What is Depression?
Depression, also known as major depressive disorder or clinical depression, is a mood disorder that affects how you feel, think, and perform daily activities.
Depression is common, affecting more than 16 million U.S. adults, or about 6.7 percent of the adult U.S. population in a given year.
A combination of factors may cause depression:
- Biology, including brain chemistry
- Past traumatic events
- Lack of social connection or support
Depression affects people in many different ways. Not only does it influence mood, but it may also interfere with daily life, such as sleep and appetite. Depression also can damage relationships or work performance.
What are the signs and symptoms of depression?
Depression is characterized by several key symptoms. However, not all individuals with depression show the same symptoms.
- Persistent feelings of sadness, anxiousness, emptiness, or hopelessness
- Feeling guilty, worthless, or helpless
- Loss of interest
- Fatigue, lack of energy
- Difficulty with concentration, memory, or decision-making
- Sleep difficulties, either not sleeping enough or too much
- Appetite or weight changes
- Thoughts of death or suicide
- Unexplained, persistent aches, pains, or digestive problems
How do I learn if I have depression?
Depression can be difficult to diagnose. A doctor or other healthcare provider needs to talk to you and hear about specific symptoms that concern you.
One key way to know if you have depression is if your symptoms persist for at least two weeks, most of the day, nearly every day. This is usually the best indication of depression.
What if my child or loved one shows symptoms that may be depression?
Depression affects people of all ages. Children with high levels of anxiety may be more likely to develop adult depression. Their depression may appear as irritability or emotional outbursts.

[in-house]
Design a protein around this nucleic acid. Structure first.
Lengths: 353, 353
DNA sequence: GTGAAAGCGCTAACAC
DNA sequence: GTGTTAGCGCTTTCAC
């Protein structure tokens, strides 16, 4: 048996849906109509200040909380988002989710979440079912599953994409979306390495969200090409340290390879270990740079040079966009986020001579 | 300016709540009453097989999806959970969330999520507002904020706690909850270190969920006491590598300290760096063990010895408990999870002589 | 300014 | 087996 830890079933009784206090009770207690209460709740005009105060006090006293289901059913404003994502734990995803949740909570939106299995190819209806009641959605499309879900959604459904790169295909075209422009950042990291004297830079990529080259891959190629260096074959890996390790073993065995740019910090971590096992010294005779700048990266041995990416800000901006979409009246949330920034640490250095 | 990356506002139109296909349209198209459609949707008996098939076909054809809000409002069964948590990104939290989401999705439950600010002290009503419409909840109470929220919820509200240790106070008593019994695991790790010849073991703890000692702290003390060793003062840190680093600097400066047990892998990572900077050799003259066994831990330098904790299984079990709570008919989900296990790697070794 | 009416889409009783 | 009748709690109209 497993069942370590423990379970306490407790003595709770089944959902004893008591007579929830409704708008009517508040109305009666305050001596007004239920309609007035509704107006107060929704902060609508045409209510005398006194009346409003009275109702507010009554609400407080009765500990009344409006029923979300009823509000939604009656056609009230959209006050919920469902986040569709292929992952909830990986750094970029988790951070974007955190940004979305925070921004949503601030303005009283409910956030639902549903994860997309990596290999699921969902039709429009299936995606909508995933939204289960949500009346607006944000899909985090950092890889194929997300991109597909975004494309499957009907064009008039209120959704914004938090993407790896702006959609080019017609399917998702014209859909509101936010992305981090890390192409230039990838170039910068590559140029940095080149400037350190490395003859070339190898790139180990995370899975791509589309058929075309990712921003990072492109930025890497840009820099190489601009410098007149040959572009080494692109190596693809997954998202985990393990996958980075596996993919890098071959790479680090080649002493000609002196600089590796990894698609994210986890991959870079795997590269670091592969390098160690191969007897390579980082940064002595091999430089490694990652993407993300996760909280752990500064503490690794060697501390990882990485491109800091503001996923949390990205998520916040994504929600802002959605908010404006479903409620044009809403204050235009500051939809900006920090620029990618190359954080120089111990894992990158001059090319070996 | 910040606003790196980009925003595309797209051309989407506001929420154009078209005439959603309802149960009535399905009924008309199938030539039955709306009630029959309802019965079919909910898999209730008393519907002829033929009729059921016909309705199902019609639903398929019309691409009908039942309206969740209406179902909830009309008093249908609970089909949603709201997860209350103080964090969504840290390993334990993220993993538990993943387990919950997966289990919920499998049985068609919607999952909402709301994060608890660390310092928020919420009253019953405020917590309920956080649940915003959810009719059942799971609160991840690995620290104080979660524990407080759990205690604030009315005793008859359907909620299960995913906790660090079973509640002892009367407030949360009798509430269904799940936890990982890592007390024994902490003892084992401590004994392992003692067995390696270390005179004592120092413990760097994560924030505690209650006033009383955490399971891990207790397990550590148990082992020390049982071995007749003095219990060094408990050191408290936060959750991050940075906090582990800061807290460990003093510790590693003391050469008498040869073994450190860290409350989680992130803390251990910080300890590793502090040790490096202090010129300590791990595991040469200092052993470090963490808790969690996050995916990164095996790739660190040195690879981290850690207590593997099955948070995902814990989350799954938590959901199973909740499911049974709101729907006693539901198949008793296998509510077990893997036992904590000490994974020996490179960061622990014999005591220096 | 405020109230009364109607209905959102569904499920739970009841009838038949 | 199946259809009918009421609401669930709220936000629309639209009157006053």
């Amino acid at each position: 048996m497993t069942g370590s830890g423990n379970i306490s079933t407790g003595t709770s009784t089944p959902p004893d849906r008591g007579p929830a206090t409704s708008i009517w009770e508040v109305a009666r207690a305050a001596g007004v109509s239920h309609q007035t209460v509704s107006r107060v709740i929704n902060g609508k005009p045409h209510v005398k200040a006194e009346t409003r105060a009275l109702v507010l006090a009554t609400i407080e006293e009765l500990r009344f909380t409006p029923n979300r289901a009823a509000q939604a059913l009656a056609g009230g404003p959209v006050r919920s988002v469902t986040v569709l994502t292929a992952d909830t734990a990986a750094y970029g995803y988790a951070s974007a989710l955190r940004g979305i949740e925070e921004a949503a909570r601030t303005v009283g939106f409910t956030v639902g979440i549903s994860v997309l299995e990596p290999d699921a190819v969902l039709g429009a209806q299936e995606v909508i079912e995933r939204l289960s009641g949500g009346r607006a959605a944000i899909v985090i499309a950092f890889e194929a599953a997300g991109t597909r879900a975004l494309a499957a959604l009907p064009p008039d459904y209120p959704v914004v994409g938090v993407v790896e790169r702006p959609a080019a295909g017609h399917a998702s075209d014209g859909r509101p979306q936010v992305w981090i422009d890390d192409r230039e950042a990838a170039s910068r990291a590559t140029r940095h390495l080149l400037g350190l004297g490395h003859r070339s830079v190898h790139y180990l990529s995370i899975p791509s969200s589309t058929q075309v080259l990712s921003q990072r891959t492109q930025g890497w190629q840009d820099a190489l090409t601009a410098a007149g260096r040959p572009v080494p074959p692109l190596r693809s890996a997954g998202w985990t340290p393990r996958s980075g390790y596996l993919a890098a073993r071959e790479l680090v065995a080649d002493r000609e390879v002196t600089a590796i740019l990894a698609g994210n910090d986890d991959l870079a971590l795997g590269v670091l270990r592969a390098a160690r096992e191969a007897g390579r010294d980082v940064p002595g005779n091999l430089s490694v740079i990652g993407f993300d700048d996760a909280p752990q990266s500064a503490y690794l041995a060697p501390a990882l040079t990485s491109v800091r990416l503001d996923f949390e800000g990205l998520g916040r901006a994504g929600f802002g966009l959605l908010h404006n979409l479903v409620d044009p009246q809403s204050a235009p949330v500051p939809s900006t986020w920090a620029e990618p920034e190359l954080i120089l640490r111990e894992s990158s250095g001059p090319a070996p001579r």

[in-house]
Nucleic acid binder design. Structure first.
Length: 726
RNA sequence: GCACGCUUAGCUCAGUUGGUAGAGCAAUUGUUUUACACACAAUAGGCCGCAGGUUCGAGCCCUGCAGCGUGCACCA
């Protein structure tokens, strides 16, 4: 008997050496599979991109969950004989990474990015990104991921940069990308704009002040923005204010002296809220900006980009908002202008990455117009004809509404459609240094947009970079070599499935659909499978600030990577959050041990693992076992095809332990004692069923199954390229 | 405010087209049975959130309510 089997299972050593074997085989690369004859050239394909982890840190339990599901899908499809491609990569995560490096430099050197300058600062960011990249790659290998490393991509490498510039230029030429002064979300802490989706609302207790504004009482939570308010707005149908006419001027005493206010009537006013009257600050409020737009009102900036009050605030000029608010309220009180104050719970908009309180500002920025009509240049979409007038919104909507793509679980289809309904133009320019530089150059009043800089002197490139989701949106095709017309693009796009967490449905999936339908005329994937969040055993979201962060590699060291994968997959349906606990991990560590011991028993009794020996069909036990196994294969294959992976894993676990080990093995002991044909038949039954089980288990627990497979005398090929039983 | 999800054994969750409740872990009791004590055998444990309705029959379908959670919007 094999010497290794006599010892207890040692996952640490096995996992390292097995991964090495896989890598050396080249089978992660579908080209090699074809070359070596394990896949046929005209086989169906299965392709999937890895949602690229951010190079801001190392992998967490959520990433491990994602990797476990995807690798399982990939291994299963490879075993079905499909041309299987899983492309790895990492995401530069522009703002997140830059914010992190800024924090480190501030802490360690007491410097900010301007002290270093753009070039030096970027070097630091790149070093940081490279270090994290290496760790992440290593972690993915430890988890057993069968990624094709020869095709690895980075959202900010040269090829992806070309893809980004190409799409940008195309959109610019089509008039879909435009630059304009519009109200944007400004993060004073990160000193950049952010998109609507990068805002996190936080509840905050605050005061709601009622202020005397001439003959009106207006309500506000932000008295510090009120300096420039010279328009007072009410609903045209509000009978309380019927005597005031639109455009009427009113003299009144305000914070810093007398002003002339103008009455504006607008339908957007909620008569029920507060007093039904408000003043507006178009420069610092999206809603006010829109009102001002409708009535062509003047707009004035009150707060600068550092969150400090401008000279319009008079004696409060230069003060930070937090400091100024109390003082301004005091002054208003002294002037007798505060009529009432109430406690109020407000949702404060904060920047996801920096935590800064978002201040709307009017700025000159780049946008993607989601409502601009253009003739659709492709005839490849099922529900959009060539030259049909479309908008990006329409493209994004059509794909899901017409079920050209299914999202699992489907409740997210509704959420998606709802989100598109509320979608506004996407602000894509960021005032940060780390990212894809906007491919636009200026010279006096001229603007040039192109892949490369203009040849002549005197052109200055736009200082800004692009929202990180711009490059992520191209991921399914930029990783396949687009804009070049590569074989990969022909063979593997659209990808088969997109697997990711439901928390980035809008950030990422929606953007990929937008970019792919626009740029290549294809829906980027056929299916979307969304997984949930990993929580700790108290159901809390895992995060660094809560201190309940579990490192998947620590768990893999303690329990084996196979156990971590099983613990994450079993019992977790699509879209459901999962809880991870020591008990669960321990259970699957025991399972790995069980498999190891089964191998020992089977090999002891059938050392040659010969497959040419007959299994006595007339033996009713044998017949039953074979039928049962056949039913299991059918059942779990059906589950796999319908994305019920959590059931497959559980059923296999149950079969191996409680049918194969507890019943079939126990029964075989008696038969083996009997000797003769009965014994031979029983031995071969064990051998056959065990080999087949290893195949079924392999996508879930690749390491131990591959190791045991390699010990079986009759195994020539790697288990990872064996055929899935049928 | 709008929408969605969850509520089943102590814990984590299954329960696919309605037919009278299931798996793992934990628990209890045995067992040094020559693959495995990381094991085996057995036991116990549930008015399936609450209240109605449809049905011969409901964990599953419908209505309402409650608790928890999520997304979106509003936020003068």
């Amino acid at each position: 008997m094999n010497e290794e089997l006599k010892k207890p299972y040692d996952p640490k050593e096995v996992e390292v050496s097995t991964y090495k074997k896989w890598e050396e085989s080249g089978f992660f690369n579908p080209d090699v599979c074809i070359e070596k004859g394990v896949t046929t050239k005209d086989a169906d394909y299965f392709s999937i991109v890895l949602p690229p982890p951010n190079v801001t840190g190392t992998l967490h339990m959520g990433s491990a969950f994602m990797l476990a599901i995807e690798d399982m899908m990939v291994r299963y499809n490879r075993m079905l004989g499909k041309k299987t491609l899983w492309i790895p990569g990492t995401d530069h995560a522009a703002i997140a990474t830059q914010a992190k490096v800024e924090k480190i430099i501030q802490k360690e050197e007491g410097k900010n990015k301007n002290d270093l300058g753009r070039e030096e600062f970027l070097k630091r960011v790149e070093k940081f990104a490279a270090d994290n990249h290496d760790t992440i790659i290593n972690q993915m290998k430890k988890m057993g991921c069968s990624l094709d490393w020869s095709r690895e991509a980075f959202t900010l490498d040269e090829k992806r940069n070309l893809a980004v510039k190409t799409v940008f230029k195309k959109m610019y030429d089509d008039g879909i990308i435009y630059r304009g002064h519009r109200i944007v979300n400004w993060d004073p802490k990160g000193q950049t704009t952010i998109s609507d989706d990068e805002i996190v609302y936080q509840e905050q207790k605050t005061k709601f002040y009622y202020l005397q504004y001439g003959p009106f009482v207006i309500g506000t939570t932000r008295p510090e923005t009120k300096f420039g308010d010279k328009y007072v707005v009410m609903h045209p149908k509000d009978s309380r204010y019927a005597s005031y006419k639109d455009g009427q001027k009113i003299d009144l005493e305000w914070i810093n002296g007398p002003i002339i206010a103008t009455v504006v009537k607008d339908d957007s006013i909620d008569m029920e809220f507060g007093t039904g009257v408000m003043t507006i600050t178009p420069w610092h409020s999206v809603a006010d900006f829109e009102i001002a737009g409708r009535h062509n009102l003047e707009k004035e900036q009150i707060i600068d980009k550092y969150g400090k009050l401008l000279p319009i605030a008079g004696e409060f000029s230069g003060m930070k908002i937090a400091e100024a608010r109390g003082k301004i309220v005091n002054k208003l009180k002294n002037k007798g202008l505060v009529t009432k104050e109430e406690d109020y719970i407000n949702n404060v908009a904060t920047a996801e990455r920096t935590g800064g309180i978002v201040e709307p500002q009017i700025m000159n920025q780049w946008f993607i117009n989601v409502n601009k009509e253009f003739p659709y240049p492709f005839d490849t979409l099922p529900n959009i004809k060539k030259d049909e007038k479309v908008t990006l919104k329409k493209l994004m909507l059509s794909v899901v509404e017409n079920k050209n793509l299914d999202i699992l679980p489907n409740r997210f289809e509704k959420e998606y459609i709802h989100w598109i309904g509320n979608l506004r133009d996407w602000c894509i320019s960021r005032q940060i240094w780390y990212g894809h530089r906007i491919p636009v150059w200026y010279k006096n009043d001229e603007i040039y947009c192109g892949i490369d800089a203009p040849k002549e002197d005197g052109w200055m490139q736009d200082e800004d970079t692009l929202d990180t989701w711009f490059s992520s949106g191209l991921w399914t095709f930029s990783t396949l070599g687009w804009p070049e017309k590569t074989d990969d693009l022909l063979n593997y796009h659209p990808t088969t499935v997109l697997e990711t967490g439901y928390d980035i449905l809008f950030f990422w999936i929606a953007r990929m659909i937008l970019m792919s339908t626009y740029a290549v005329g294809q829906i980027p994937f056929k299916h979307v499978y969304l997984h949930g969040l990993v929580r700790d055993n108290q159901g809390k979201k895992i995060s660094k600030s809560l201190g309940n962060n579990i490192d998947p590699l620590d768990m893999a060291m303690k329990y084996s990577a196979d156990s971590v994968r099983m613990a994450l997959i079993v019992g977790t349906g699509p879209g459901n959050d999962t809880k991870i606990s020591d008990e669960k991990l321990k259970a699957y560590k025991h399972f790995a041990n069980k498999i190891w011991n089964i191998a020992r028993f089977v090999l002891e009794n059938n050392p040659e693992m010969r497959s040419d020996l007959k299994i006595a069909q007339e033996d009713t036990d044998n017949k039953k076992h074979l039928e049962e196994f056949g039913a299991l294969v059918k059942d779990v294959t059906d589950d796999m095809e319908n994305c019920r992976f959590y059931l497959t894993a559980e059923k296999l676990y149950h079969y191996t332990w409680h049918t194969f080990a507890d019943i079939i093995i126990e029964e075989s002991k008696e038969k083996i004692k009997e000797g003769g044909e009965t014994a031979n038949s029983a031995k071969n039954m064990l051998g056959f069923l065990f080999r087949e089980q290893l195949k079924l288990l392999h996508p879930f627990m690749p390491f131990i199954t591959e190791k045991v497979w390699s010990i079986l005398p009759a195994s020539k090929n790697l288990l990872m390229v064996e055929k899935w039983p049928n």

Like adults, children with depression may lose interest in normal activities. If your child persistently shows less enthusiasm for games, friendships, and other interests, this may indicate depression.
If your child shows depression symptoms, schedule an appointment with their pediatrician or other health provider. You may also want to make an appointment with a mental-health professional who specializes in treating children and adolescents.
If you think your loved one of any age has depression, there are ways you can help:
- Gently and privately talk to them about the symptoms that concern you.
- Emphasize that depression is a medical condition that can be treated, not a personal flaw or weakness.
- Suggest that your loved one seek professional help for their symptoms.
- Help your loved one contact a professional for help, such as a primary-care provider, licensed counselor, or psychologist.
- Be willing to accompany your loved one to appointments, or even family therapy if appropriate.
- Encourage them to practice good self-care, such as healthy eating, sufficient sleep, and physical activity.
- Be supportive and encouraging, reminding your loved one about their good qualities and listening to them without judgment if they need to talk.
- Keep an eye out for worsening depression symptoms or talk of suicide.
We also offer an online screening tool to help you learn more about your symptoms and if an evaluation is recommended.
What are the treatments for depression?
Just as depression has different causes and symptoms, there are also different treatments available. Sometimes you may have to try more than one type of treatment before finding the right one for you. Often people find relief from depression with a combination of treatments.
Your doctor or other healthcare provider can help determine the right anti-depressant for you. It may take several weeks to take effect. Never stop taking the drug suddenly or change the dosage without consulting your prescriber.
Therapy may involve one-on-one or group sessions. These sessions can help encourage more positive thinking, adjust to changes in life, and learn coping mechanisms.
Transcranial Magnetic Stimulation
If you’ve tried two or more anti-depressants and still suffer from symptoms of major depression, you may want to explore new alternative treatments for these conditions. Covered by most insurance plans, TMS is a non-invasive, medication-free outpatient therapy. It is FDA-approved for depression. It is NOT shock therapy, but a magnetic stimulation technology which has been shown to be very effective.
Other types of therapy may support standard depression therapy and help regulate mood. This may include meditation, acupuncture, guided imagery, or art therapy.
With the right treatment approach, 70-80 percent of individuals with depression see a significant reduction in symptoms.